For decades the home security/alarm system industry produced more or less the same products, with the same basic set of features. For decades consumers accepted this basic security system as it was. If the equipment was reliable and the monitoring station had adequate staff and facilities, these conventional security alarm systems performed adequately and helped deter burglary.
But things changed. Two things, in particular. First: the burglars. If you give humans enough time they will eventually figure out a way around their problems. Burglars had a problem with security alarm systems. So they found a way to “beat the system.”
The second change was in the lifestyle and expectations of consumers, and the technology available to them. In an increasingly mobile world, today’s consumer has greater need for mobile information and connectivity. As technology provided the means for transporting and controlling large volumes of data, the typical consumer developed both a desire and an expectation to have that data at their fingertips, regardless of their location.
Burglars vs. Security Systems
A basic security system consists of alarm equipment at the customer’s home, and a monitoring station in a central location. Traditionally, the alarm system connects to the monitoring station via the home phone line. When security sensors within the home detect intrusion, they sound an alarm. The monitoring team responds by dispatching the police to the home’s address.
That basic security system presented two challenges to Mr. Burglar: 1) silence the alarm and 2) make sure the cops never get the message. Burglars realized their solution was easy enough: Just cut the phone line! Most home land-lines are easily accessible from the outside of the house. Mr. Burglar finds the line, snips it with wire cutters, and no longer has to fear any rude interruptions from the local police. He will probably also smash the alarm system’s control box once he gets inside the house, so he won’t be distracted by the racket from the alarm siren. Now he can go about his work in peace and quiet.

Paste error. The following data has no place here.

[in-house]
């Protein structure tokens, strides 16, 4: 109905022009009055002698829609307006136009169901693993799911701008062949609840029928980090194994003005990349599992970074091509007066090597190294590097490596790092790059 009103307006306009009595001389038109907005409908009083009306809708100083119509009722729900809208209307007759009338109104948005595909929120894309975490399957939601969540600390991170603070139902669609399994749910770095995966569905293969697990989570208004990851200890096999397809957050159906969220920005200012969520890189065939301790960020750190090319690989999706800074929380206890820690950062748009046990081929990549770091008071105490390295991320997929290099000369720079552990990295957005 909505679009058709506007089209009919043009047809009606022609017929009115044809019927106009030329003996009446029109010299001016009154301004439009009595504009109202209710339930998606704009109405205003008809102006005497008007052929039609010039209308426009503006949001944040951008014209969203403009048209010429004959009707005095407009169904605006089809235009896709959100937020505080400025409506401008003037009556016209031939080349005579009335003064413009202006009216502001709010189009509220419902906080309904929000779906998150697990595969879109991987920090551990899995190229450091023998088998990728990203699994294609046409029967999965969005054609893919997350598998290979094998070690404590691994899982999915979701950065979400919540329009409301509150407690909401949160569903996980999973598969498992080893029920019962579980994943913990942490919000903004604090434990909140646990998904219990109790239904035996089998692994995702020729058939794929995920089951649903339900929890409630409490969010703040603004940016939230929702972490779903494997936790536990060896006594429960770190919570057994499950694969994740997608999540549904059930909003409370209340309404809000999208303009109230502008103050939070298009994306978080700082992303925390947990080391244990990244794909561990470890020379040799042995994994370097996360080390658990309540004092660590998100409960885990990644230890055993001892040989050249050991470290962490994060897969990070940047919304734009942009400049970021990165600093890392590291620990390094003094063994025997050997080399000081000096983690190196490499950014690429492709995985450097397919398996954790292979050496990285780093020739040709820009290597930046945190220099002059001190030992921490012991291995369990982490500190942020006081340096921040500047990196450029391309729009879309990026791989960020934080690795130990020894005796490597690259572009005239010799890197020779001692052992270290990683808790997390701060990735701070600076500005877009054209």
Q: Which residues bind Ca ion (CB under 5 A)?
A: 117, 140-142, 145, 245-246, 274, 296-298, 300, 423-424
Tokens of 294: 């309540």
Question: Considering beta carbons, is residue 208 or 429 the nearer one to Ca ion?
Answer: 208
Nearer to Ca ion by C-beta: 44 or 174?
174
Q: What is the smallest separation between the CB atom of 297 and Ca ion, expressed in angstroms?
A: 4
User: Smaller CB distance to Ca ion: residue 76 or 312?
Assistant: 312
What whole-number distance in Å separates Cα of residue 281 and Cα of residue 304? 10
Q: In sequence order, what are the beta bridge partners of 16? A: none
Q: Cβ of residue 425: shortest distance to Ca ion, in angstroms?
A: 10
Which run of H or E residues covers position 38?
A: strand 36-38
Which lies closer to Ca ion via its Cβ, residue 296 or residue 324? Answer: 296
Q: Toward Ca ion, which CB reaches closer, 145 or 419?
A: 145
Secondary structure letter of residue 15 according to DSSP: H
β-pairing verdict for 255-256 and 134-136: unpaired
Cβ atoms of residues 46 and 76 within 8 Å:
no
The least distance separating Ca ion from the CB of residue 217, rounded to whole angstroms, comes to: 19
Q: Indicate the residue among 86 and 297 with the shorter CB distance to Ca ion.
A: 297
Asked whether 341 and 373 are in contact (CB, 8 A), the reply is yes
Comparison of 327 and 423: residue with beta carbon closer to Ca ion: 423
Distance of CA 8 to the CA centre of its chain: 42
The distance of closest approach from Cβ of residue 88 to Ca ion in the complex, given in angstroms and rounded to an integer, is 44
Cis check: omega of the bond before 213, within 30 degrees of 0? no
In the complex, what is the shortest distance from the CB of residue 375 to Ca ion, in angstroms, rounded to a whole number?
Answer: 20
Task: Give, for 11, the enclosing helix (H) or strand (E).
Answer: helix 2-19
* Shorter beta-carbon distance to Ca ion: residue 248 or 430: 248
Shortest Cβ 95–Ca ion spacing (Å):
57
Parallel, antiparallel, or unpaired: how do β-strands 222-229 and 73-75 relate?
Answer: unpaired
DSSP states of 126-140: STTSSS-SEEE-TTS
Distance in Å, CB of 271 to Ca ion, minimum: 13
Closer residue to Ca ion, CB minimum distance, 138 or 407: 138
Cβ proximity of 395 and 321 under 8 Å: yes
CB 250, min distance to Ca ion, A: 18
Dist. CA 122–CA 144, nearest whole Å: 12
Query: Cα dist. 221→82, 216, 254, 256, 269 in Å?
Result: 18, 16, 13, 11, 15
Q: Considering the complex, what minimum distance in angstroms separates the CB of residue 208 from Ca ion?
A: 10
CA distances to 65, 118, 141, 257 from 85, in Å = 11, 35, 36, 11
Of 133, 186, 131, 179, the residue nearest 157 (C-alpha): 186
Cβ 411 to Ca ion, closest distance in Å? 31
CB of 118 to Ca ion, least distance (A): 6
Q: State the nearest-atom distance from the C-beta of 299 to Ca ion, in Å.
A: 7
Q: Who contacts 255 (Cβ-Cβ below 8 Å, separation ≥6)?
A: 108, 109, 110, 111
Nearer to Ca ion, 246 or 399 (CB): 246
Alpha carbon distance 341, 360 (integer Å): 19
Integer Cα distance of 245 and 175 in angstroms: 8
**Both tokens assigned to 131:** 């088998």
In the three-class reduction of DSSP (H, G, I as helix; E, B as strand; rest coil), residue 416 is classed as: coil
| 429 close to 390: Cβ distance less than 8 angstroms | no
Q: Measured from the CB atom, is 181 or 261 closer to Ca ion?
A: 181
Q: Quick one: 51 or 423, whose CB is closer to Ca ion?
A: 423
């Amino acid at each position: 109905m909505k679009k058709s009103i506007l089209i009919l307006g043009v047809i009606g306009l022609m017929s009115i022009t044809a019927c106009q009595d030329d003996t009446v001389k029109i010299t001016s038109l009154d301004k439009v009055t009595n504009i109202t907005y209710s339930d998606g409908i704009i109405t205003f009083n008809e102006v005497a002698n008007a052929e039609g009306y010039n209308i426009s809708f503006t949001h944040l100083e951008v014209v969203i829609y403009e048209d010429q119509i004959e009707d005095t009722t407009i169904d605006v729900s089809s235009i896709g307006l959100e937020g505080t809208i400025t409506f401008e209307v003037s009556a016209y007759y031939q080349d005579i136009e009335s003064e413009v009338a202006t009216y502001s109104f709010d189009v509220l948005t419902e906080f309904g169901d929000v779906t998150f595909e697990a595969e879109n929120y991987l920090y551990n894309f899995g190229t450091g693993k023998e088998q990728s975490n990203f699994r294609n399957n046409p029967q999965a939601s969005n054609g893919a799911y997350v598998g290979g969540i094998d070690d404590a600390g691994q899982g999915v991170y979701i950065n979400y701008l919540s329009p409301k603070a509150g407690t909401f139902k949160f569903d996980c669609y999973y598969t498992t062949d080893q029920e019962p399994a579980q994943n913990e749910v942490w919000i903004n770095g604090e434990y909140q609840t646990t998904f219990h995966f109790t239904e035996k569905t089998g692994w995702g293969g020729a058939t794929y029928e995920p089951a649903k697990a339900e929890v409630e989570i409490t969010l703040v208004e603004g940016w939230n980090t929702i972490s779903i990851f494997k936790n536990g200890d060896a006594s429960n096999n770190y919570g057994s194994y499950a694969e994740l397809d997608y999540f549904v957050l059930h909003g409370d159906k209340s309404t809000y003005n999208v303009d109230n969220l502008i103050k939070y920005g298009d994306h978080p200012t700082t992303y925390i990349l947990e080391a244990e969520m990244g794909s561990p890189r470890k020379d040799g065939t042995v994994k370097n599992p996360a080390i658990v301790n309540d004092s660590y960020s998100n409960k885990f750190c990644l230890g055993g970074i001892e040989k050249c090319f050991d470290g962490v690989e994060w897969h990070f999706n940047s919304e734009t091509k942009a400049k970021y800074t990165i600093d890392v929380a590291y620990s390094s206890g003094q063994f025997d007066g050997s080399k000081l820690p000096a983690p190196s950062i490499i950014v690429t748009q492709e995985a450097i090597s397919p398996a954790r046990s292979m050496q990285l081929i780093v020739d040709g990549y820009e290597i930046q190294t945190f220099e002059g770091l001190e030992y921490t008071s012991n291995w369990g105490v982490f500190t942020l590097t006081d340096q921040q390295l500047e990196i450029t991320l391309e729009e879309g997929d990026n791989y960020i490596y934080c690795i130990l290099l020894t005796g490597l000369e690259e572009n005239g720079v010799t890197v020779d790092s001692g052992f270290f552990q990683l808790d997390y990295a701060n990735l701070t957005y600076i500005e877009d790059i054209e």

Cellular Alarm Systems to the Rescue
It takes only seconds to cut a phone line. But you can’t cut a cell signal. So how do you make a safer security alarm system? Make it cellular. While the security dinosaurs contentedly conducted business as usual, industry pioneers changed the game. Today’s safer alarm systems have a cellular signaling device built into the control box. The signal is secure and virtually tamper-proof. And the many homeowners who now choose to use their mobile phone as their primary communication device, no longer have to purchase a land-line in order to have a functioning security alarm system.
Security at Your Fingertips